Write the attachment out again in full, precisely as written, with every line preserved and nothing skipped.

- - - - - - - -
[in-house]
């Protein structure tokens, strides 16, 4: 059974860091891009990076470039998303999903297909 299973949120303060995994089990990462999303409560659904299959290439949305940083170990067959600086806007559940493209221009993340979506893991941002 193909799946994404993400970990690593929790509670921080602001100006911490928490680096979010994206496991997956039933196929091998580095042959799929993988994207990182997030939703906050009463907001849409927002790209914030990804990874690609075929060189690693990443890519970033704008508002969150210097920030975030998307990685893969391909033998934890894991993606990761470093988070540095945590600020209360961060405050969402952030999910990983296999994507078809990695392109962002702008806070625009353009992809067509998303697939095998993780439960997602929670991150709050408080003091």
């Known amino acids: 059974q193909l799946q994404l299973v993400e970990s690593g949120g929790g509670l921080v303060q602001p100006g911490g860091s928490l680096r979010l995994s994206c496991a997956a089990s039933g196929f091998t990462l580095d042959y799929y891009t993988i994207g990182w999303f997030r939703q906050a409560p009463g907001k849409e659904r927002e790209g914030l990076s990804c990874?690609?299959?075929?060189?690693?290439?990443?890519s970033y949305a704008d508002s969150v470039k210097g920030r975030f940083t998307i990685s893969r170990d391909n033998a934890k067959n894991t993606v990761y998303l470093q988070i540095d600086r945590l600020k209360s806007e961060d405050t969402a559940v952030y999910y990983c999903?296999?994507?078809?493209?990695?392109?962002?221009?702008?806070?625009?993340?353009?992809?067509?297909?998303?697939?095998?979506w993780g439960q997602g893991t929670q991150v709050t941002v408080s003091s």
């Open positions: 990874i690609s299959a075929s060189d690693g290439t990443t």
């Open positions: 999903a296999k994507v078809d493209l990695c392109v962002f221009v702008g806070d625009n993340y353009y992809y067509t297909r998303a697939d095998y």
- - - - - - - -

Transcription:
[in-house]
């Protein structure tokens, strides 16, 4: 059974860091891009990076470039998303999903297909 299973949120303060995994089990990462999303409560659904299959290439949305940083170990067959600086806007559940493209221009993340979506893991941002 193909799946994404993400970990690593929790509670921080602001100006911490928490680096979010994206496991997956039933196929091998580095042959799929993988994207990182997030939703906050009463907001849409927002790209914030990804990874690609075929060189690693990443890519970033704008508002969150210097920030975030998307990685893969391909033998934890894991993606990761470093988070540095945590600020209360961060405050969402952030999910990983296999994507078809990695392109962002702008806070625009353009992809067509998303697939095998993780439960997602929670991150709050408080003091």
């Known amino acids: 059974q193909l799946q994404l299973v993400e970990s690593g949120g929790g509670l921080v303060q602001p100006g911490g860091s928490l680096r979010l995994s994206c496991a997956a089990s039933g196929f091998t990462l580095d042959y799929y891009t993988i994207g990182w999303f997030r939703q906050a409560p009463g907001k849409e659904r927002e790209g914030l990076s990804c990874?690609?299959?075929?060189?690693?290439?990443?890519s970033y949305a704008d508002s969150v470039k210097g920030r975030f940083t998307i990685s893969r170990d391909n033998a934890k067959n894991t993606v990761y998303l470093q988070i540095d600086r945590l600020k209360s806007e961060d405050t969402a559940v952030y999910y990983c999903?296999?994507?078809?493209?990695?392109?962002?221009?702008?806070?625009?993340?353009?992809?067509?297909?998303?697939?095998?979506w993780g439960q997602g893991t929670q991150v709050t941002v408080s003091s």
């Open positions: 990874i690609s299959a075929s060189d690693g290439t990443t």
């Open positions: 999903a296999k994507v078809d493209l990695c392109v962002f221009v702008g806070d625009n993340y353009y992809y067509t297909r998303a697939d095998y």